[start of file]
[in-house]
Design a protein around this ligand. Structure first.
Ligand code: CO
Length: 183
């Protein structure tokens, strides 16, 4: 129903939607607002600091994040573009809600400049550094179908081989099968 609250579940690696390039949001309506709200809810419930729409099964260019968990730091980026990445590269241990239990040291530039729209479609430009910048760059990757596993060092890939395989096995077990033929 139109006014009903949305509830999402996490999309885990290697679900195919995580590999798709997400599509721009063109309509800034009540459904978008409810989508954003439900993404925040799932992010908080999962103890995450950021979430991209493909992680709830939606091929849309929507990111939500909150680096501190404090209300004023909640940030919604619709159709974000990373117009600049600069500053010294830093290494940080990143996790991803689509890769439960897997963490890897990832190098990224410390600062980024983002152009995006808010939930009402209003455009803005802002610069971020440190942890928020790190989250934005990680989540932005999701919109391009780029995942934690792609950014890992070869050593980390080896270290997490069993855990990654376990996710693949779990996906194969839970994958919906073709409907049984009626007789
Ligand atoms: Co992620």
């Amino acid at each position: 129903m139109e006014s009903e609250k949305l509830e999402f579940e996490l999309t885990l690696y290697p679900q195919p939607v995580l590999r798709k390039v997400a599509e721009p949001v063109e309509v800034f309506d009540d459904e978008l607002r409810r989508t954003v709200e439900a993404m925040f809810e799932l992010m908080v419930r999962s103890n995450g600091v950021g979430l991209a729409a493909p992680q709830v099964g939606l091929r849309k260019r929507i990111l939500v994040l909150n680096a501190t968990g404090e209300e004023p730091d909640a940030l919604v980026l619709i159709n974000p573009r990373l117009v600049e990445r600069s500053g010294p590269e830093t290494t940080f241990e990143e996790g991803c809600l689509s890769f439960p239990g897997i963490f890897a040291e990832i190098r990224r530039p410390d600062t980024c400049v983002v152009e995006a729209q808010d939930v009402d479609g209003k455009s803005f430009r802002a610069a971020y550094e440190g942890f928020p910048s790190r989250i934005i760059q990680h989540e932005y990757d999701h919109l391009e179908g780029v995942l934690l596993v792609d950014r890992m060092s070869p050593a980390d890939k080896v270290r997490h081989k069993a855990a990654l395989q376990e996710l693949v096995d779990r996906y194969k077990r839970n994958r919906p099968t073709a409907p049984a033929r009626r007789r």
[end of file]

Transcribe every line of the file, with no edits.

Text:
[in-house]
Design a protein around this ligand. Structure first.
Ligand code: CO
Length: 183
């Protein structure tokens, strides 16, 4: 129903939607607002600091994040573009809600400049550094179908081989099968 609250579940690696390039949001309506709200809810419930729409099964260019968990730091980026990445590269241990239990040291530039729209479609430009910048760059990757596993060092890939395989096995077990033929 139109006014009903949305509830999402996490999309885990290697679900195919995580590999798709997400599509721009063109309509800034009540459904978008409810989508954003439900993404925040799932992010908080999962103890995450950021979430991209493909992680709830939606091929849309929507990111939500909150680096501190404090209300004023909640940030919604619709159709974000990373117009600049600069500053010294830093290494940080990143996790991803689509890769439960897997963490890897990832190098990224410390600062980024983002152009995006808010939930009402209003455009803005802002610069971020440190942890928020790190989250934005990680989540932005999701919109391009780029995942934690792609950014890992070869050593980390080896270290997490069993855990990654376990996710693949779990996906194969839970994958919906073709409907049984009626007789
Ligand atoms: Co992620």
């Amino acid at each position: 129903m139109e006014s009903e609250k949305l509830e999402f579940e996490l999309t885990l690696y290697p679900q195919p939607v995580l590999r798709k390039v997400a599509e721009p949001v063109e309509v800034f309506d009540d459904e978008l607002r409810r989508t954003v709200e439900a993404m925040f809810e799932l992010m908080v419930r999962s103890n995450g600091v950021g979430l991209a729409a493909p992680q709830v099964g939606l091929r849309k260019r929507i990111l939500v994040l909150n680096a501190t968990g404090e209300e004023p730091d909640a940030l919604v980026l619709i159709n974000p573009r990373l117009v600049e990445r600069s500053g010294p590269e830093t290494t940080f241990e990143e996790g991803c809600l689509s890769f439960p239990g897997i963490f890897a040291e990832i190098r990224r530039p410390d600062t980024c400049v983002v152009e995006a729209q808010d939930v009402d479609g209003k455009s803005f430009r802002a610069a971020y550094e440190g942890f928020p910048s790190r989250i934005i760059q990680h989540e932005y990757d999701h919109l391009e179908g780029v995942l934690l596993v792609d950014r890992m060092s070869p050593a980390d890939k080896v270290r997490h081989k069993a855990a990654l395989q376990e996710l693949v096995d779990r996906y194969k077990r839970n994958r919906p099968t073709a409907p049984a033929r009626r007789r």